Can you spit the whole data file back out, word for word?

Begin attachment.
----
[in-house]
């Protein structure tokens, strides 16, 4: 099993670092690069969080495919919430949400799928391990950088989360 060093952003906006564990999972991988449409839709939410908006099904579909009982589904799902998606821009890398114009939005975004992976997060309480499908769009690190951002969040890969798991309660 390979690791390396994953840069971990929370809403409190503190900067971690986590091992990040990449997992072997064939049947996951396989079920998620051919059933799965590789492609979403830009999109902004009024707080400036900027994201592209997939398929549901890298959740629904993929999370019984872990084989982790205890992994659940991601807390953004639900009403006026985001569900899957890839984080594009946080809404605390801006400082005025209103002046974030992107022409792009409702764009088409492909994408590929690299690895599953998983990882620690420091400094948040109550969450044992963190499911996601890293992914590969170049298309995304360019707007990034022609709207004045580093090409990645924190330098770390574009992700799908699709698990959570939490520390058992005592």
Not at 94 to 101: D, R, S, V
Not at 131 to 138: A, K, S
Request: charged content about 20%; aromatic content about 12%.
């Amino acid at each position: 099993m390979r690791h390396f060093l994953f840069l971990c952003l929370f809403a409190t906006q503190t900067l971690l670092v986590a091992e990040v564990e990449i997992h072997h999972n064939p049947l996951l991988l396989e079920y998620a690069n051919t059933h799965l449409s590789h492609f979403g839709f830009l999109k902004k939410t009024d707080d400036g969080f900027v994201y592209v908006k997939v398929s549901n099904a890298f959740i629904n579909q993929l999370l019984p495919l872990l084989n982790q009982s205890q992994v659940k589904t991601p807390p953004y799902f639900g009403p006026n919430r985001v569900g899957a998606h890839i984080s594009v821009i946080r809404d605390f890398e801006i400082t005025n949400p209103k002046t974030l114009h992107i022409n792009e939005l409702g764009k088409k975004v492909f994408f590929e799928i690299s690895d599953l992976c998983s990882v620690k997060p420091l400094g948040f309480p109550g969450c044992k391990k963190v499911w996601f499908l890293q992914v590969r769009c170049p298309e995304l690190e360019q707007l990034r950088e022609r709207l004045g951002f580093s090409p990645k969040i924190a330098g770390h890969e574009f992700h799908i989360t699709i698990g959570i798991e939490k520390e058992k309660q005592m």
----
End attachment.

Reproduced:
[in-house]
């Protein structure tokens, strides 16, 4: 099993670092690069969080495919919430949400799928391990950088989360 060093952003906006564990999972991988449409839709939410908006099904579909009982589904799902998606821009890398114009939005975004992976997060309480499908769009690190951002969040890969798991309660 390979690791390396994953840069971990929370809403409190503190900067971690986590091992990040990449997992072997064939049947996951396989079920998620051919059933799965590789492609979403830009999109902004009024707080400036900027994201592209997939398929549901890298959740629904993929999370019984872990084989982790205890992994659940991601807390953004639900009403006026985001569900899957890839984080594009946080809404605390801006400082005025209103002046974030992107022409792009409702764009088409492909994408590929690299690895599953998983990882620690420091400094948040109550969450044992963190499911996601890293992914590969170049298309995304360019707007990034022609709207004045580093090409990645924190330098770390574009992700799908699709698990959570939490520390058992005592």
Not at 94 to 101: D, R, S, V
Not at 131 to 138: A, K, S
Request: charged content about 20%; aromatic content about 12%.
């Amino acid at each position: 099993m390979r690791h390396f060093l994953f840069l971990c952003l929370f809403a409190t906006q503190t900067l971690l670092v986590a091992e990040v564990e990449i997992h072997h999972n064939p049947l996951l991988l396989e079920y998620a690069n051919t059933h799965l449409s590789h492609f979403g839709f830009l999109k902004k939410t009024d707080d400036g969080f900027v994201y592209v908006k997939v398929s549901n099904a890298f959740i629904n579909q993929l999370l019984p495919l872990l084989n982790q009982s205890q992994v659940k589904t991601p807390p953004y799902f639900g009403p006026n919430r985001v569900g899957a998606h890839i984080s594009v821009i946080r809404d605390f890398e801006i400082t005025n949400p209103k002046t974030l114009h992107i022409n792009e939005l409702g764009k088409k975004v492909f994408f590929e799928i690299s690895d599953l992976c998983s990882v620690k997060p420091l400094g948040f309480p109550g969450c044992k391990k963190v499911w996601f499908l890293q992914v590969r769009c170049p298309e995304l690190e360019q707007l990034r950088e022609r709207l004045g951002f580093s090409p990645k969040i924190a330098g770390h890969e574009f992700h799908i989360t699709i698990g959570i798991e939490k520390e058992k309660q005592m």